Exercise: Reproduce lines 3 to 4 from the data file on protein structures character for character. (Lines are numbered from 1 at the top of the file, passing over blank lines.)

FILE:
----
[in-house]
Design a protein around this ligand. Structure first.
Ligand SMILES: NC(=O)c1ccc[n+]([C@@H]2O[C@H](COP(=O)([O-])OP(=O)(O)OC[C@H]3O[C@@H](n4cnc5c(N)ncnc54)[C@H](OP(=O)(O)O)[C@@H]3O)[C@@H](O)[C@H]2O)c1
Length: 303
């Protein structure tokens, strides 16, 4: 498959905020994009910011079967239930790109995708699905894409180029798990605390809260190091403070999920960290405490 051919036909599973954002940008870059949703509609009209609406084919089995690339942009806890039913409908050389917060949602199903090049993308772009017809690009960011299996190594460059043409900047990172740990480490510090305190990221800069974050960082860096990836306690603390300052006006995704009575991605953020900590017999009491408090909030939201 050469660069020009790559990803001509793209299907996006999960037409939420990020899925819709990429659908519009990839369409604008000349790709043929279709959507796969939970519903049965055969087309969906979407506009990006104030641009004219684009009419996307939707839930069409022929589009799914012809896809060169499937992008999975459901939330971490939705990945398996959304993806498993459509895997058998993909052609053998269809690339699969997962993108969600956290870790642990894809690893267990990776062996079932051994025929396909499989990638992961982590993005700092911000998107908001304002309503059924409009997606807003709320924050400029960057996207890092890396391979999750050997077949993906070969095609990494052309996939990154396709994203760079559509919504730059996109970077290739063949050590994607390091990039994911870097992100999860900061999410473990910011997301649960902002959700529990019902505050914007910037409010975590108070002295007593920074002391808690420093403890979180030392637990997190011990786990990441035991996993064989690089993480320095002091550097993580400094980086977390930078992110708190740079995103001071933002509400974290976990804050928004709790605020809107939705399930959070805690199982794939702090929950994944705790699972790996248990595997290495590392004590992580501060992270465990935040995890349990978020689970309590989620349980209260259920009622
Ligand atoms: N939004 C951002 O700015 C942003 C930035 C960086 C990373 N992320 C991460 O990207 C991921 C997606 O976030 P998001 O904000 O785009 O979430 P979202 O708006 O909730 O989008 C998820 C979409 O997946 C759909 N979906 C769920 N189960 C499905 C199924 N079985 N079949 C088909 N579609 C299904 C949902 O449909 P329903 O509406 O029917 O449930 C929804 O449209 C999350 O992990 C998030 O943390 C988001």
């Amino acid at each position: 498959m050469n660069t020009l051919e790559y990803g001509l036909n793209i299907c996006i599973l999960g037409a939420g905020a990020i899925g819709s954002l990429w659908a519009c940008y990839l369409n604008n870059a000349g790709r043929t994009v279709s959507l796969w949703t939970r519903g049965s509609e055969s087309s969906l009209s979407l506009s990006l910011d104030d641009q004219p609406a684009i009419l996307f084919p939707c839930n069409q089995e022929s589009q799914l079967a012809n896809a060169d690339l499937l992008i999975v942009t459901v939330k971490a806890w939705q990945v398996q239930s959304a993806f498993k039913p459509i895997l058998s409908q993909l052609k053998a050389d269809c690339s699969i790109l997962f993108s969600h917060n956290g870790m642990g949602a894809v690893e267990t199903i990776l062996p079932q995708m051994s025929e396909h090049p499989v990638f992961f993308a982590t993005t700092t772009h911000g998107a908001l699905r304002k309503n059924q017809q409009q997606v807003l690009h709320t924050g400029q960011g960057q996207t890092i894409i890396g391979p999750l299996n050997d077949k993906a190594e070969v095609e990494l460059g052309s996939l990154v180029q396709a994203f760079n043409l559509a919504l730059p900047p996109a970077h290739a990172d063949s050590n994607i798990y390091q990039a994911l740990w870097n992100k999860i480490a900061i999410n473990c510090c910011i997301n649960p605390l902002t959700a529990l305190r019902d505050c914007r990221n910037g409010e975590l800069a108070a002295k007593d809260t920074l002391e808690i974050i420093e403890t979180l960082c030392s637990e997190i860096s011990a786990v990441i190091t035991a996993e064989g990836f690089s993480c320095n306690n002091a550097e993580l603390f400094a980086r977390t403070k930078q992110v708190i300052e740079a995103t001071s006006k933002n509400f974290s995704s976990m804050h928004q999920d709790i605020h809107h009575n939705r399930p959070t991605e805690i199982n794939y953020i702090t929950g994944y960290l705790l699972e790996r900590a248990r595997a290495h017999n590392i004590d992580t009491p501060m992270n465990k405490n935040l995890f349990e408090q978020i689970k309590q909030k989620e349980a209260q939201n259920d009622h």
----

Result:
Ligand SMILES: NC(=O)c1ccc[n+]([C@@H]2O[C@H](COP(=O)([O-])OP(=O)(O)OC[C@H]3O[C@@H](n4cnc5c(N)ncnc54)[C@H](OP(=O)(O)O)[C@@H]3O)[C@@H](O)[C@H]2O)c1
Length: 303